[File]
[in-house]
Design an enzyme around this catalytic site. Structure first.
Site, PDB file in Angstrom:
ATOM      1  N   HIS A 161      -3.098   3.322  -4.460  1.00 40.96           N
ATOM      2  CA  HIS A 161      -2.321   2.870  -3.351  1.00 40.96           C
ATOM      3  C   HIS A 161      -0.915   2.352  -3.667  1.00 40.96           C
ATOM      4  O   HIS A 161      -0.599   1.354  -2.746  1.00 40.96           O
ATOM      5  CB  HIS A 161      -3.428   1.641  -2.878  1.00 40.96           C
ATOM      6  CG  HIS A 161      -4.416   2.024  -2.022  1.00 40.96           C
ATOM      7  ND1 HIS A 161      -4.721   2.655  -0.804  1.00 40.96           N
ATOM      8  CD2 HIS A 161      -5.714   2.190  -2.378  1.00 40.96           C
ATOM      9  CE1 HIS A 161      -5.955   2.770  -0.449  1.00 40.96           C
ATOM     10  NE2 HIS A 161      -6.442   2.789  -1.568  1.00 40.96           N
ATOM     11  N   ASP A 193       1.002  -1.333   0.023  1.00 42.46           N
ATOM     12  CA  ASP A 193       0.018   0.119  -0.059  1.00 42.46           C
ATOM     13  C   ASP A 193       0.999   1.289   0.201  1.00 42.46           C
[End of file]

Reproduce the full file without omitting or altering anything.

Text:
[in-house]
Design an enzyme around this catalytic site. Structure first.
Site, PDB file in Angstrom:
ATOM      1  N   HIS A 161      -3.098   3.322  -4.460  1.00 40.96           N
ATOM      2  CA  HIS A 161      -2.321   2.870  -3.351  1.00 40.96           C
ATOM      3  C   HIS A 161      -0.915   2.352  -3.667  1.00 40.96           C
ATOM      4  O   HIS A 161      -0.599   1.354  -2.746  1.00 40.96           O
ATOM      5  CB  HIS A 161      -3.428   1.641  -2.878  1.00 40.96           C
ATOM      6  CG  HIS A 161      -4.416   2.024  -2.022  1.00 40.96           C
ATOM      7  ND1 HIS A 161      -4.721   2.655  -0.804  1.00 40.96           N
ATOM      8  CD2 HIS A 161      -5.714   2.190  -2.378  1.00 40.96           C
ATOM      9  CE1 HIS A 161      -5.955   2.770  -0.449  1.00 40.96           C
ATOM     10  NE2 HIS A 161      -6.442   2.789  -1.568  1.00 40.96           N
ATOM     11  N   ASP A 193       1.002  -1.333   0.023  1.00 42.46           N
ATOM     12  CA  ASP A 193       0.018   0.119  -0.059  1.00 42.46           C
ATOM     13  C   ASP A 193       0.999   1.289   0.201  1.00 42.46           C